The tech industry seems obsessed with people working crazy hours and I have always found this massively frustrating. I know I work my best when I work sensible hours, turn up to work well rested and releaxed, and get time to do some real hard thinking to solve tricky problems.
I can tell you this with conviction, based upon extensive personal experience - sure I can do 14+ hour days for weeks at a time, but I will get more done and it will be higher quality (plus I will be happier!) if you let me go home at a sensible hour, spend time with the family and dog, and come back the next morning having slept well after a nice dinner I had time to prepare myself.
For more than 18 months now I have been tracking my work tasks using a timer; over the past year I have been consciously trying to reduce that timer count from 8.5+ hours/day to 7.5 to 8 hours. Half of this was easy by just taking a full lunch break, a great rest-stop during the day to allow the old brain cells to recharge. Whether people say I’m a high performer or not is not for me to say but nobody has complained yet, and I personally feel and feedback has indicated my performance has improved as a result.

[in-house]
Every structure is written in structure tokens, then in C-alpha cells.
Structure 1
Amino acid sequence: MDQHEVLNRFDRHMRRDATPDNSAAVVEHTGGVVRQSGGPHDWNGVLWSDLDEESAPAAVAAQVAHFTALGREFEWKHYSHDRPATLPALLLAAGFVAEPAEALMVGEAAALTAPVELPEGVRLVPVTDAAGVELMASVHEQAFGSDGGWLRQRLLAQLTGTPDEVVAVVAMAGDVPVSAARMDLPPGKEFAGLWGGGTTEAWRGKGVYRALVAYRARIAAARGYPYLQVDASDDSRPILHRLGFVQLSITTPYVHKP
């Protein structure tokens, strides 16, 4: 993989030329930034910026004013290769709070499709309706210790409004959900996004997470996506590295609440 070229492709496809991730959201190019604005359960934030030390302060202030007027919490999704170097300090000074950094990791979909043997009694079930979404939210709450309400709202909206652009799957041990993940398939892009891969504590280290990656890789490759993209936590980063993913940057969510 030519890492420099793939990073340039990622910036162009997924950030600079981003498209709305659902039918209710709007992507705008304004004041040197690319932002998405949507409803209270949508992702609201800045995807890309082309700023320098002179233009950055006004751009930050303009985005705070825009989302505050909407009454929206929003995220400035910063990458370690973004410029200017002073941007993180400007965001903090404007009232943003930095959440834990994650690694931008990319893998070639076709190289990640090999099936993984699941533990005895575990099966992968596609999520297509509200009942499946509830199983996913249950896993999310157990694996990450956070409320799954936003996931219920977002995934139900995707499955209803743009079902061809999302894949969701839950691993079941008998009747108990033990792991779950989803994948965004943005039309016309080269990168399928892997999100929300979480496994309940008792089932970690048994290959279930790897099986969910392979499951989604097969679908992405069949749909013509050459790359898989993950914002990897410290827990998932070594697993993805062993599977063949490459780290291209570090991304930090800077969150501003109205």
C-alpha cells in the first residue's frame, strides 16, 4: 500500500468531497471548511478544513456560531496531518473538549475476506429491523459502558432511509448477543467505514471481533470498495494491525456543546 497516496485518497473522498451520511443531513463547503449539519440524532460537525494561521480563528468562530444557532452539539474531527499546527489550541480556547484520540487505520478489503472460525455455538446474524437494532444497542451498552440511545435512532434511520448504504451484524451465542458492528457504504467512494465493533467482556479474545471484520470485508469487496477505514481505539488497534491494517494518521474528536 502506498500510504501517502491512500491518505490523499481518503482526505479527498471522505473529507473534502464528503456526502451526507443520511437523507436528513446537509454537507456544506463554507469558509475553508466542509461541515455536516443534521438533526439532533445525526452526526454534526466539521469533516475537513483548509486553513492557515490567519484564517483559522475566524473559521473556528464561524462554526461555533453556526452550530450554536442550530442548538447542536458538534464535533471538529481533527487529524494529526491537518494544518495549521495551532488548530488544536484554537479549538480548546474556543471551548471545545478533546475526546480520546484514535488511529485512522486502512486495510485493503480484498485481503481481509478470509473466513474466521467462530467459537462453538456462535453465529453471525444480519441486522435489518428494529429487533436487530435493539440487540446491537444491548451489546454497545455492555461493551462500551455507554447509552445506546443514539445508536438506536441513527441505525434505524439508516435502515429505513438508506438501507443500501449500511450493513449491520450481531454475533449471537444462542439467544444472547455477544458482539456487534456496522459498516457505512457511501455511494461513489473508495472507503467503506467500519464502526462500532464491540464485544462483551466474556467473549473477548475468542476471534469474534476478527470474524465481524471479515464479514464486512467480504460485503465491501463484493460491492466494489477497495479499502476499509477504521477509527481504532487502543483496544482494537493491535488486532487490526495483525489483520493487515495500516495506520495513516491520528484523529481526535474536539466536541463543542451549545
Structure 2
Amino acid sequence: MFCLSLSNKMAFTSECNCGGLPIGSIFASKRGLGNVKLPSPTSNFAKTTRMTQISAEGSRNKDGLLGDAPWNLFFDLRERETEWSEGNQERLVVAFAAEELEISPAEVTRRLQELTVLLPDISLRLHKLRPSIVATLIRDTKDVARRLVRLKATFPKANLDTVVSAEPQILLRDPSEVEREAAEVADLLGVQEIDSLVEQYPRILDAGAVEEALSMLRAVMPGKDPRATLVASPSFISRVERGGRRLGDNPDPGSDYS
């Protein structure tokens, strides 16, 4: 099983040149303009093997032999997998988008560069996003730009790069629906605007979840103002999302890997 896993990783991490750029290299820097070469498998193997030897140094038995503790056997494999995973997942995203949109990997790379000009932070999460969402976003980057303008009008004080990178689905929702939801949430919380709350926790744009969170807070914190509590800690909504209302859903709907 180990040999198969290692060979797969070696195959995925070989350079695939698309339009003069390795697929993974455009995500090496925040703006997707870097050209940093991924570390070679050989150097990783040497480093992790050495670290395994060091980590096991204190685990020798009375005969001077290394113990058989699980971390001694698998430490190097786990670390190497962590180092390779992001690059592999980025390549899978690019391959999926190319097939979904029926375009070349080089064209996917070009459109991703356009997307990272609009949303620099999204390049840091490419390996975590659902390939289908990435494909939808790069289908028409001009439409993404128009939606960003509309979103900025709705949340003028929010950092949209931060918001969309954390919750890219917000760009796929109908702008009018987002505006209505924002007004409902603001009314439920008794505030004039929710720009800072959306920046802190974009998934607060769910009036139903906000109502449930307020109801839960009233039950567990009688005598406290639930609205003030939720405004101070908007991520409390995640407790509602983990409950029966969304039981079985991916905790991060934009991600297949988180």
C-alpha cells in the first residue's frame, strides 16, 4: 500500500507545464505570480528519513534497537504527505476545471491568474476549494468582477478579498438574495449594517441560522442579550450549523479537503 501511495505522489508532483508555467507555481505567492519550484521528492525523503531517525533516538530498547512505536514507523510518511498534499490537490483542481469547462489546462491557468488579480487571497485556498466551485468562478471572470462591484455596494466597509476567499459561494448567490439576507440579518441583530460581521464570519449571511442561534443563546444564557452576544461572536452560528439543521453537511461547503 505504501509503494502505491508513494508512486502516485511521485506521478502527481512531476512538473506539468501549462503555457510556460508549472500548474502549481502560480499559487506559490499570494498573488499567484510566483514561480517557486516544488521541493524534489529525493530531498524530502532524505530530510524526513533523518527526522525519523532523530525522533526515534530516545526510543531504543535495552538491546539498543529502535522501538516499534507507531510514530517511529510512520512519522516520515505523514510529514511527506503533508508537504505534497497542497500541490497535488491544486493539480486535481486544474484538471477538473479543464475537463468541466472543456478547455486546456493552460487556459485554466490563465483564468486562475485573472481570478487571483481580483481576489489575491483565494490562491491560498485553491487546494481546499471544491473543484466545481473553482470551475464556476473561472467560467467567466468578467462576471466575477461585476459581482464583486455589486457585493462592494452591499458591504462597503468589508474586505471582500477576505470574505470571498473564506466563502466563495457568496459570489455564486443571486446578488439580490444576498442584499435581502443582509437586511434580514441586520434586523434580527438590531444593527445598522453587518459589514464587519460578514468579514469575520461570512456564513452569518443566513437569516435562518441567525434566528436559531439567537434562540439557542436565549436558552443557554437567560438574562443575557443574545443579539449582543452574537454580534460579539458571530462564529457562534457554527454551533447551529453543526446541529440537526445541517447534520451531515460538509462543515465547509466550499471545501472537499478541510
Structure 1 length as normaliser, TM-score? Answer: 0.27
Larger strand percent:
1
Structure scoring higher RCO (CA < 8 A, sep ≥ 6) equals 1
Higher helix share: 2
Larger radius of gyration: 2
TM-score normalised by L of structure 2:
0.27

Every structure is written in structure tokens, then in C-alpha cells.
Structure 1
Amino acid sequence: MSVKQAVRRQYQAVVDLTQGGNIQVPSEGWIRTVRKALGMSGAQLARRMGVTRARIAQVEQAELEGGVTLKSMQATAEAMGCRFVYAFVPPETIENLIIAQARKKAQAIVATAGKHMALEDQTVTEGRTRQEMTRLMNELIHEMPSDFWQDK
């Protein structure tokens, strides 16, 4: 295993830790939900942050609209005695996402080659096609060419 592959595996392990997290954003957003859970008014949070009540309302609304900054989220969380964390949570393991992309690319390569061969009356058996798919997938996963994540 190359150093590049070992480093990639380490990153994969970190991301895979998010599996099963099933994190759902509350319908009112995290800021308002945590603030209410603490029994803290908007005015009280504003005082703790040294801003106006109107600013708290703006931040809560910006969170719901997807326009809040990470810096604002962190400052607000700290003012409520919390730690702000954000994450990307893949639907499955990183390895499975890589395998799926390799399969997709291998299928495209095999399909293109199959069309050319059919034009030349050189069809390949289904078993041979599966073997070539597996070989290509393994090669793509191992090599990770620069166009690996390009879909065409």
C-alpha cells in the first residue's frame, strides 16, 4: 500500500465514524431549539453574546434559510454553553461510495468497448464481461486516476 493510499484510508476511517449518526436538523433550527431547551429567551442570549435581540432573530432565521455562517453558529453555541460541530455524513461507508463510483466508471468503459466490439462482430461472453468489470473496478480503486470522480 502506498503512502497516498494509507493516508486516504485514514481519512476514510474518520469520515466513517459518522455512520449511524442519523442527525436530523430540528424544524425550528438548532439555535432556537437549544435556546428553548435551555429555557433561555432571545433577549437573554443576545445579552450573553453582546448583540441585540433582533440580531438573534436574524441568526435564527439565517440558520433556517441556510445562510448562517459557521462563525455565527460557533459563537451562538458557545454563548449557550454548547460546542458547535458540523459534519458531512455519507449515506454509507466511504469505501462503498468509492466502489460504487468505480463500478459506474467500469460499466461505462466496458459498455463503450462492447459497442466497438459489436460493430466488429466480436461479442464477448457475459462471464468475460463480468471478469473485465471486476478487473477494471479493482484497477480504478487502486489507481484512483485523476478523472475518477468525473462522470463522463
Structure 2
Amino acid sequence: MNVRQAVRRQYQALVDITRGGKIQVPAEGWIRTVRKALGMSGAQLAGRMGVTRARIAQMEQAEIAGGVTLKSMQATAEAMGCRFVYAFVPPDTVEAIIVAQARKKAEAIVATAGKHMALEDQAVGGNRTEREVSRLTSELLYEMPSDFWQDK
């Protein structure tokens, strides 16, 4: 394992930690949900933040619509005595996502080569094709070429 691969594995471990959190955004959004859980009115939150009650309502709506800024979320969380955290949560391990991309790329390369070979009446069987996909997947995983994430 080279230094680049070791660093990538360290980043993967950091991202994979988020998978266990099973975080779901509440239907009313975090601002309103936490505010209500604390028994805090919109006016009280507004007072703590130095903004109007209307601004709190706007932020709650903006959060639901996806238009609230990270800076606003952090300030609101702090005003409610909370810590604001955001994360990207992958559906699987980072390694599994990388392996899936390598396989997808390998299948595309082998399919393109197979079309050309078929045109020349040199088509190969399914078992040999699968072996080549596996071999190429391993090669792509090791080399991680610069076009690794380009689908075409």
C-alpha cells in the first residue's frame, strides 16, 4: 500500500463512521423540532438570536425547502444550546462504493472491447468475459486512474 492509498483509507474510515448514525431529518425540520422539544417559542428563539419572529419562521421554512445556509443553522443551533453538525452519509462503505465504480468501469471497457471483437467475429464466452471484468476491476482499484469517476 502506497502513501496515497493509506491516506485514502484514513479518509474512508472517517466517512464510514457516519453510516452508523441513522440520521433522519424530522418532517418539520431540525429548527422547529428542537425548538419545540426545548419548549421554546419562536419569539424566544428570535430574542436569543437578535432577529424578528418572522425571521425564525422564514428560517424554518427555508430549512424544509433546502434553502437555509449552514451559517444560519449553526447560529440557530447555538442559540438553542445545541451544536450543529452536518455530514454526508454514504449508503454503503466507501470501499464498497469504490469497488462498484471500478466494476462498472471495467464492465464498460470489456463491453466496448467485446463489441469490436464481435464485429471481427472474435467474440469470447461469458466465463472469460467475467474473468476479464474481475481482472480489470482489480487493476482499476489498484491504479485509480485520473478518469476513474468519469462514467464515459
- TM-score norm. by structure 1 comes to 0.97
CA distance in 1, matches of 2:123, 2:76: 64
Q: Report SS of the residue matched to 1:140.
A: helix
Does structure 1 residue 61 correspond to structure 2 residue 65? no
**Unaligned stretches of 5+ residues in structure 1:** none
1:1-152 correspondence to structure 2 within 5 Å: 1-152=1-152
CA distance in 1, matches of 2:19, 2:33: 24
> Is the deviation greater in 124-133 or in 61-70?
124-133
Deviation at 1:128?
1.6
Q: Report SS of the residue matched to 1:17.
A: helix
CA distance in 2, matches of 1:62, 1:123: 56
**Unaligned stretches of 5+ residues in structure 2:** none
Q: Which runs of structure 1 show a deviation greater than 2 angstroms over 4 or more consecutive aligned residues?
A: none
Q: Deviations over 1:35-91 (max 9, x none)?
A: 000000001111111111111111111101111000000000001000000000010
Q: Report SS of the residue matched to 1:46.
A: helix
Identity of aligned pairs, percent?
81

If only people across the industry were to realise this!
We have two excellent programmes that McLaren run, one to train mentors, and another to go into schools and show them how awesome STEM subjects are by telling them what we get up to at work.
From the panel, it sounds like the earlier you start doing this, the more likely it is to succeed - BP start doing STEM activities with kids from the age of 7. There has also been a lot of very positive feedback on the mentoring side being able to help and encourage people who might not do so stereotypically to take up engineering or technology careers.
Without a doubt there is a lot of work still to do, but it’s good to see where we can go next, and we are beginning to head in the right direction.